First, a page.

Oakfield cattle breeders honored for environmental stewardship
NEW ORLEANS – A 4-H beef project in the 1960’s led to Jerry Huth’s interest in the Hereford breed. Over the years the Oakfield polled Hereford breeder has established a reputation for genetics and cattle which are productive and profitable in their environments.
Today he works in a partnership with Josh Scharf who first joined the operation as a teenager when he was an employee on the farm and eventually transitioned into ownership through S & H Livestock Enterprises.
Together they have earned a reputation for their environmental and sustainable farming practices.
Earlier this month the partnership of Huth Polled Herefords and S & H Livestock Enterprises was selected as one of seven regional winners of the 2022 Environmental Stewardship Award program. The National Cattlemen’s beef Association (NCBA), a contractor to the Beef Checkoff, made the announcement during the 2023 Cattle Industry Convention and NCBA Trade Show in New Orleans.
“Farming and ranching families across the country continue to incorporate practices that protect and preserve land and water resources for future generations,” said NCBA President Don Schiefelbein. “These regional winners represent the cattle industry’s commitment to environmental stewardship.”
Huth and Scharf were nominated for the award by the Wisconsin Cattlemen’s Association.
WCA president Brady Zuck said of the pair, “Jerry and Josh are exceptional examples of a beef cattle operation focusing on long-term sustainability. They have demonstrated an approach for other operations to emulate regarding sustainability of operations, transitioning ownership and securing the viability of the cattle operation and they have focused on managing the land with grazing cattle to improve the environment.”
Together Huth and Scharf graze 150 cows on their 400-acre Oakfield farm. About two-thirds of the farm is in pasture and the remaining crop land is rented out for corn and soybeans and they graze the stubble on that land after grain harvest. The duo pastures cows as long as possible which usually goes into November on stockpiled grass.
When Josh joined the business with his herd of cross bred Angus/Hereford, the two acquired a long-term lease for an additional 130 acres of Department of Natural Resources land that bordered the farm. With help from the NRCS they put in a water and fencing system.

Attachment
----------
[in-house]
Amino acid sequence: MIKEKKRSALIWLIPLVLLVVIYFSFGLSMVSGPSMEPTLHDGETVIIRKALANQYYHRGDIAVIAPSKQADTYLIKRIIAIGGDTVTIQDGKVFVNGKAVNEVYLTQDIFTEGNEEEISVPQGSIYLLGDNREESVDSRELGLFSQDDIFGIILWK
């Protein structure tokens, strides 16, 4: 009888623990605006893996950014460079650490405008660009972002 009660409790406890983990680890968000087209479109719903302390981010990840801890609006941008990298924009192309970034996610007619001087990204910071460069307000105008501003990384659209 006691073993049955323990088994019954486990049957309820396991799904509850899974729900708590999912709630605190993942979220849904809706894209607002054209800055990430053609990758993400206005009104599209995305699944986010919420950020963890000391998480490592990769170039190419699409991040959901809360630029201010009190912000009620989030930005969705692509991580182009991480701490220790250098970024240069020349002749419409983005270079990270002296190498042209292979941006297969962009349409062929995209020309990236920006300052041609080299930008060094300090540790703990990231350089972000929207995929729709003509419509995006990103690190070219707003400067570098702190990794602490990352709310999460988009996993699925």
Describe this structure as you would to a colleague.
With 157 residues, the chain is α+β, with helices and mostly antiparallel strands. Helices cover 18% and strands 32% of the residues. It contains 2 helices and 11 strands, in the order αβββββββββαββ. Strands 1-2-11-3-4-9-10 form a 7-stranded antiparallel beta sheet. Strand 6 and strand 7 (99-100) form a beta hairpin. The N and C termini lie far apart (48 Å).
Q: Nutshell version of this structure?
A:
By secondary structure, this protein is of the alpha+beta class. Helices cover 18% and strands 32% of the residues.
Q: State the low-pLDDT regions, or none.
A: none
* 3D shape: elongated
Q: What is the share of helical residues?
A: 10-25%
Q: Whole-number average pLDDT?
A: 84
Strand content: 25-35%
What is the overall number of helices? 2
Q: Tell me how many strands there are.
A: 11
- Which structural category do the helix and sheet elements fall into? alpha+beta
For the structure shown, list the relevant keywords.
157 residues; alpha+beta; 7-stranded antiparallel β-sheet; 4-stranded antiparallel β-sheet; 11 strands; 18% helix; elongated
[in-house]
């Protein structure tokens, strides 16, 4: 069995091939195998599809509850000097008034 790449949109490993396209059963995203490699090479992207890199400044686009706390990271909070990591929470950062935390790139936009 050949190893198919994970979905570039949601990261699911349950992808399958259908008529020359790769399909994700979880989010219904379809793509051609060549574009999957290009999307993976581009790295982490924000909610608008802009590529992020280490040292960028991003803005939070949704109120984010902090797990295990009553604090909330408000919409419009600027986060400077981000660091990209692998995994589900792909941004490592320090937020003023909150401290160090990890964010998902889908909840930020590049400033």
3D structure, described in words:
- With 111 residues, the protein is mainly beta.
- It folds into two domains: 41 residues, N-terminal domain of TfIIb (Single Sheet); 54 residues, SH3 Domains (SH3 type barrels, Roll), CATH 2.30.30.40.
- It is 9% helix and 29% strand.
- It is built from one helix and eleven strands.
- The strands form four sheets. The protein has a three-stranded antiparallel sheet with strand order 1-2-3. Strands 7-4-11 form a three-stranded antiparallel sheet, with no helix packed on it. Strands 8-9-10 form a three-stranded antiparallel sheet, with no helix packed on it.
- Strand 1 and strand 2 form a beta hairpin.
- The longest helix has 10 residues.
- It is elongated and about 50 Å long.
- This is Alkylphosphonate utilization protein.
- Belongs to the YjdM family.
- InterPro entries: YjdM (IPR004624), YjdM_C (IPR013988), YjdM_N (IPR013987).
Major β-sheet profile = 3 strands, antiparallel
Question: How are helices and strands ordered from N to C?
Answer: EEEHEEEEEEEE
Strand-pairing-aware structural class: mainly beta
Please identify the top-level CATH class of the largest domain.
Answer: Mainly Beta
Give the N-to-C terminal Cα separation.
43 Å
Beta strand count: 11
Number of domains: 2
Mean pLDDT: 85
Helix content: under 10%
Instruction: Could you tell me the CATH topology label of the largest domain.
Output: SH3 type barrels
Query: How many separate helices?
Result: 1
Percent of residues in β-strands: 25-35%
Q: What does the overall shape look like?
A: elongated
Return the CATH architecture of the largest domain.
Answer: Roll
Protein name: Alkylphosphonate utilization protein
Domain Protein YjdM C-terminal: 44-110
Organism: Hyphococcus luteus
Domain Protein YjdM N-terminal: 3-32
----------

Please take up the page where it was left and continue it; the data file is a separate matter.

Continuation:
“When we first started grazing it, there were a lot of willows and weeds but now, through our managed grazing, the legumes and grasses are coming through,” Scharf said.
The public-private partnership to graze state land has been beneficial to the sustainability and expansion of the operation while also providing environmental and habitat benefits to public land.
Huth and Scharf ensure pastures maintain good soil health by effectively managing stocking rates and resting pastures. These practices produce nutritious, dense and high-energy vegetation for cattle and reduce erosion and water runoff.
“Our main goal is to maintain and improve the quality of the environment for future generations while producing a quality, profitable product," says Huth. ‘We partner with various organizations to continuously improve our farm and enhance our sustainability efforts.”
Huth says he has always followed what he believes to be sustainable practices but he still continues to learn more every year.
Scharf says they do some frost seeding and clip paddocks after grazing to insure that thistles and other weeds do not get started. They also routinely cut under fences.
The partners plan calving time at the same time of the year to take advantage of the lush spring growth of grass to get the cow back into condition for re-breeding while getting her calf off to a fast start.
They calve on pasture and supplement hay, protein, and mineral until the grass growth can maintain the cow (sometime between May 1 and May 15). After that the only supplement is a high-quality mineral product.
Cows are grazed on a rotational basis, being moved every 1-3 days while resting pastures from 20-30 days after grazing. This allows the grass to establish excellent root structure and enhances soil productivity. This not only provides nutritious feed for the cattle but it maximizes photosynthesis for the sequestering of carbon while encouraging optimal development of various beneficial “critters” that live in the soil.
Scharf markets bull calves as feeder calves while Huth concentrates on marketing the genetics in his herd.
“We sell quite a few bulls every year in several states and we have bulls in AI as studs,” Huth said. “We also sell male sexed embryos every year.”
Together Huth and Scharf make good partners.
“If one of us is gone the other covers," he pointed out.
Josh and his wife Jenny live in nearby Brownsville with their two daughters who are just getting started showing cattle. One of his daughters showed the reserve champion at the Fond du Lac County Fair in 2022.
Huth’s two sons were active in showing cattle in their youth. They still help out on the farm as needed. Michael is a deputy with the Fond du Lac County Sheriff's Office and is also a taxidermist. Karl is interested in farming and works in real estate development.
Scharf says he is grateful for the opportunity to build his livestock business on the Huth farm and looks forward to a long future with the family.
“When I started working at the farm in high school I never thought of it as a career path," he said. "Then after college I worked for a while but when I got married and had children, I had the opportunity to form the partnership with Jerry. It allowed me to quit my job, watch my girls while my wife worked while still developing my business.”